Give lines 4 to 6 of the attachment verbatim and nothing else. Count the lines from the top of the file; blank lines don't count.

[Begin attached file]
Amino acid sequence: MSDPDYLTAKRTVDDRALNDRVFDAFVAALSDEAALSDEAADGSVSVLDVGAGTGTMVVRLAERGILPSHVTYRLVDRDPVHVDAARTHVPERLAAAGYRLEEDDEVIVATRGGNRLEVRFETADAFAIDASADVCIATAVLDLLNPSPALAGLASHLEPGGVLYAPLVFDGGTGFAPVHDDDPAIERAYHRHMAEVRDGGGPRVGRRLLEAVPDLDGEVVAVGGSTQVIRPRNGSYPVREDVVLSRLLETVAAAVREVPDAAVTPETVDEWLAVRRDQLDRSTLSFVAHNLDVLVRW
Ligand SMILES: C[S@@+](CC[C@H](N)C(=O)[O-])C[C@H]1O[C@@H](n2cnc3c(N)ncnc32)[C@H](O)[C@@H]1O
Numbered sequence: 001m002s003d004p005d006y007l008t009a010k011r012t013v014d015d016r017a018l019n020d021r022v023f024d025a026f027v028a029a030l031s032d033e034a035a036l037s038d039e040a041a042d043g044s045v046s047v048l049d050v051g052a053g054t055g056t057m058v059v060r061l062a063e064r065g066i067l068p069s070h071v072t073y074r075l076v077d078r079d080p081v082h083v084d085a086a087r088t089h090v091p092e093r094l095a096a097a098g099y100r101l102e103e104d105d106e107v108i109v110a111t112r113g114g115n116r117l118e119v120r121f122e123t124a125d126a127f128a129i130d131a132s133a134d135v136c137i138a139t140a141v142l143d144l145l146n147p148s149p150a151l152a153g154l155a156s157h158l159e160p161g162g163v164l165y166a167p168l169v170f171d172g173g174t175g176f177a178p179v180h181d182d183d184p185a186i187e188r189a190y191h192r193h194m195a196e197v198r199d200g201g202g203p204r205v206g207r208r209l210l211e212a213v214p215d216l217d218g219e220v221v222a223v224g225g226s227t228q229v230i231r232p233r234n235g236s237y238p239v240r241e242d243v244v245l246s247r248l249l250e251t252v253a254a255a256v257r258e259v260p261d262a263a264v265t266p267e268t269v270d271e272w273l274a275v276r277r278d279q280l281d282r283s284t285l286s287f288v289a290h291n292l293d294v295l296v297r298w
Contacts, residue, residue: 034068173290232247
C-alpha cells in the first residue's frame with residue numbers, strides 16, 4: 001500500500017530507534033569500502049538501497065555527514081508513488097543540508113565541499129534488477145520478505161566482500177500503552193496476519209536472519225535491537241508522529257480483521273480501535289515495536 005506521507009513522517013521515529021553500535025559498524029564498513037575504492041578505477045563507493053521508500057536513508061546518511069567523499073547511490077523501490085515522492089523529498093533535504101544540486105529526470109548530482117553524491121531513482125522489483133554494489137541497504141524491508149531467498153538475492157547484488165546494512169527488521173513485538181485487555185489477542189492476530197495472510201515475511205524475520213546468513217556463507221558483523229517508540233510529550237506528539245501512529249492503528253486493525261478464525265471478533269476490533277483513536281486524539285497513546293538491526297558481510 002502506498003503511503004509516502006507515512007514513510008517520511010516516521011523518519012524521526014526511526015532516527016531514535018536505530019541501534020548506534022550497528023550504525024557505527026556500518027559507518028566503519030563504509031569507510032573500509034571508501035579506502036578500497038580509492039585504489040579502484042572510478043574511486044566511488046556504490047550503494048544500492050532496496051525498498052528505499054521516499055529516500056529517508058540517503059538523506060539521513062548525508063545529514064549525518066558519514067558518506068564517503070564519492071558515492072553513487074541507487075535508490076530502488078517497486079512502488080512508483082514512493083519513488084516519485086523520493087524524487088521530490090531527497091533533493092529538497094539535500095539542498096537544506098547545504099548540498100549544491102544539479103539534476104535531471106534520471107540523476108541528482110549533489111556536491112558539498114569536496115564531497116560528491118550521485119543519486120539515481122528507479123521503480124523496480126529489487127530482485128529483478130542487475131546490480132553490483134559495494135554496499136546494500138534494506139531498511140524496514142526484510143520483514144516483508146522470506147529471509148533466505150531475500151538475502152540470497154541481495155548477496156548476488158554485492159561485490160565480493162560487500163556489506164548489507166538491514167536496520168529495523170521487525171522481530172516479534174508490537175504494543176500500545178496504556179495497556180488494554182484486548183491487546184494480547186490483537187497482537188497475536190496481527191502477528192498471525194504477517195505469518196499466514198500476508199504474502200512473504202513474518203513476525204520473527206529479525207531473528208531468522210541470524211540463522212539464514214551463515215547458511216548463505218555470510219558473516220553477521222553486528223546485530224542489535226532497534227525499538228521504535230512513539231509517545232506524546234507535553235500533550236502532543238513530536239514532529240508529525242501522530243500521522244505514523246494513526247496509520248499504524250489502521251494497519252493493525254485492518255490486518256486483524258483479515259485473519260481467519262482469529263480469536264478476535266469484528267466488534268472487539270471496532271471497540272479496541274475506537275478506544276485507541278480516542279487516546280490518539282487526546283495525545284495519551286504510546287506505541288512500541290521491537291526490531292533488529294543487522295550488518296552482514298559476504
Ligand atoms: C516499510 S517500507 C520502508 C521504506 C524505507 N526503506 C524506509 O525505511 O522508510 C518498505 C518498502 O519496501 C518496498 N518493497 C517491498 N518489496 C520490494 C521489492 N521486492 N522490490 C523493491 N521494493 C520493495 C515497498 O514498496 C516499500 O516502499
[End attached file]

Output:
Contacts, residue, residue: 034068173290232247
C-alpha cells in the first residue's frame with residue numbers, strides 16, 4: 001500500500017530507534033569500502049538501497065555527514081508513488097543540508113565541499129534488477145520478505161566482500177500503552193496476519209536472519225535491537241508522529257480483521273480501535289515495536 005506521507009513522517013521515529021553500535025559498524029564498513037575504492041578505477045563507493053521508500057536513508061546518511069567523499073547511490077523501490085515522492089523529498093533535504101544540486105529526470109548530482117553524491121531513482125522489483133554494489137541497504141524491508149531467498153538475492157547484488165546494512169527488521173513485538181485487555185489477542189492476530197495472510201515475511205524475520213546468513217556463507221558483523229517508540233510529550237506528539245501512529249492503528253486493525261478464525265471478533269476490533277483513536281486524539285497513546293538491526297558481510 002502506498003503511503004509516502006507515512007514513510008517520511010516516521011523518519012524521526014526511526015532516527016531514535018536505530019541501534020548506534022550497528023550504525024557505527026556500518027559507518028566503519030563504509031569507510032573500509034571508501035579506502036578500497038580509492039585504489040579502484042572510478043574511486044566511488046556504490047550503494048544500492050532496496051525498498052528505499054521516499055529516500056529517508058540517503059538523506060539521513062548525508063545529514064549525518066558519514067558518506068564517503070564519492071558515492072553513487074541507487075535508490076530502488078517497486079512502488080512508483082514512493083519513488084516519485086523520493087524524487088521530490090531527497091533533493092529538497094539535500095539542498096537544506098547545504099548540498100549544491102544539479103539534476104535531471106534520471107540523476108541528482110549533489111556536491112558539498114569536496115564531497116560528491118550521485119543519486120539515481122528507479123521503480124523496480126529489487127530482485128529483478130542487475131546490480132553490483134559495494135554496499136546494500138534494506139531498511140524496514142526484510143520483514144516483508146522470506147529471509148533466505150531475500151538475502152540470497154541481495155548477496156548476488158554485492159561485490160565480493162560487500163556489506164548489507166538491514167536496520168529495523170521487525171522481530172516479534174508490537175504494543176500500545178496504556179495497556180488494554182484486548183491487546184494480547186490483537187497482537188497475536190496481527191502477528192498471525194504477517195505469518196499466514198500476508199504474502200512473504202513474518203513476525204520473527206529479525207531473528208531468522210541470524211540463522212539464514214551463515215547458511216548463505218555470510219558473516220553477521222553486528223546485530224542489535226532497534227525499538228521504535230512513539231509517545232506524546234507535553235500533550236502532543238513530536239514532529240508529525242501522530243500521522244505514523246494513526247496509520248499504524250489502521251494497519252493493525254485492518255490486518256486483524258483479515259485473519260481467519262482469529263480469536264478476535266469484528267466488534268472487539270471496532271471497540272479496541274475506537275478506544276485507541278480516542279487516546280490518539282487526546283495525545284495519551286504510546287506505541288512500541290521491537291526490531292533488529294543487522295550488518296552482514298559476504
Ligand atoms: C516499510 S517500507 C520502508 C521504506 C524505507 N526503506 C524506509 O525505511 O522508510 C518498505 C518498502 O519496501 C518496498 N518493497 C517491498 N518489496 C520490494 C521489492 N521486492 N522490490 C523493491 N521494493 C520493495 C515497498 O514498496 C516499500 O516502499